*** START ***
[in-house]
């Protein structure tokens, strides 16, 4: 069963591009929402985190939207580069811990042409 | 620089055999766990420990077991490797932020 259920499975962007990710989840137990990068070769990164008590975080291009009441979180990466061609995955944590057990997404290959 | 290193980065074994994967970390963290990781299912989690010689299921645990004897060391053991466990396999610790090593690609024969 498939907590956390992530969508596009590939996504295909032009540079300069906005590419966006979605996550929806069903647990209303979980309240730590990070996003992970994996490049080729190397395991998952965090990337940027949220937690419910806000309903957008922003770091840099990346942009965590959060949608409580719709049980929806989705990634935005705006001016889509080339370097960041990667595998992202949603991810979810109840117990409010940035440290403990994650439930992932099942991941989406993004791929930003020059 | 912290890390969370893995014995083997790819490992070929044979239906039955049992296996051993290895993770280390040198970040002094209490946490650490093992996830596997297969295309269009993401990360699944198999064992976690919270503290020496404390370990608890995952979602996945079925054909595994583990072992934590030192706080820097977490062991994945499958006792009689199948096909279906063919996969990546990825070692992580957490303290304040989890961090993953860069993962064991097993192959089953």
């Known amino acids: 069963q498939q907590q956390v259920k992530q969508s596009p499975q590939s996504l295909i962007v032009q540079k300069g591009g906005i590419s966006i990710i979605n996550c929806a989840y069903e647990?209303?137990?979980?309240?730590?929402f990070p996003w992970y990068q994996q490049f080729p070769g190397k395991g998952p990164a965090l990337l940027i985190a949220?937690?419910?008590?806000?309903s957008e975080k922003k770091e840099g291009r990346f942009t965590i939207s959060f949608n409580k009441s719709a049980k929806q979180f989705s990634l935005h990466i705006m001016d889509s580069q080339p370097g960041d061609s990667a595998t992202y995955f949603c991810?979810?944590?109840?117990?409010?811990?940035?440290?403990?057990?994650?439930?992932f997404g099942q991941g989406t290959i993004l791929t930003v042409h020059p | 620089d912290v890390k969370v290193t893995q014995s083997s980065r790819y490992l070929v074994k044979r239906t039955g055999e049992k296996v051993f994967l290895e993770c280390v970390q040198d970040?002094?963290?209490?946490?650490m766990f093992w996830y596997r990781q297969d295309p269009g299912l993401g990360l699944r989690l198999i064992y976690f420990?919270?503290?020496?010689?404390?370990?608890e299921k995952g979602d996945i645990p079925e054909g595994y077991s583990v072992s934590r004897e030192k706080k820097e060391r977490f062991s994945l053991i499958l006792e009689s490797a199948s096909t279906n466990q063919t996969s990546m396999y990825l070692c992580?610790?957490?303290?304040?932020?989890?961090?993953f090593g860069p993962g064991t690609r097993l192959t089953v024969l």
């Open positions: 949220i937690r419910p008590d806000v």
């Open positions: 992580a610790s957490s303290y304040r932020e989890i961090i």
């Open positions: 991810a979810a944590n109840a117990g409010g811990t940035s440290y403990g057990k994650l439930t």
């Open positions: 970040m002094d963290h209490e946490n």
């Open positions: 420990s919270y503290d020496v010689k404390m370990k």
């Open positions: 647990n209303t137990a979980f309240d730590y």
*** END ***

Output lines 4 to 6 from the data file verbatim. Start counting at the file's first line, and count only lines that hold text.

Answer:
């Open positions: 949220i937690r419910p008590d806000v």
């Open positions: 992580a610790s957490s303290y304040r932020e989890i961090i």
């Open positions: 991810a979810a944590n109840a117990g409010g811990t940035s440290y403990g057990k994650l439930t």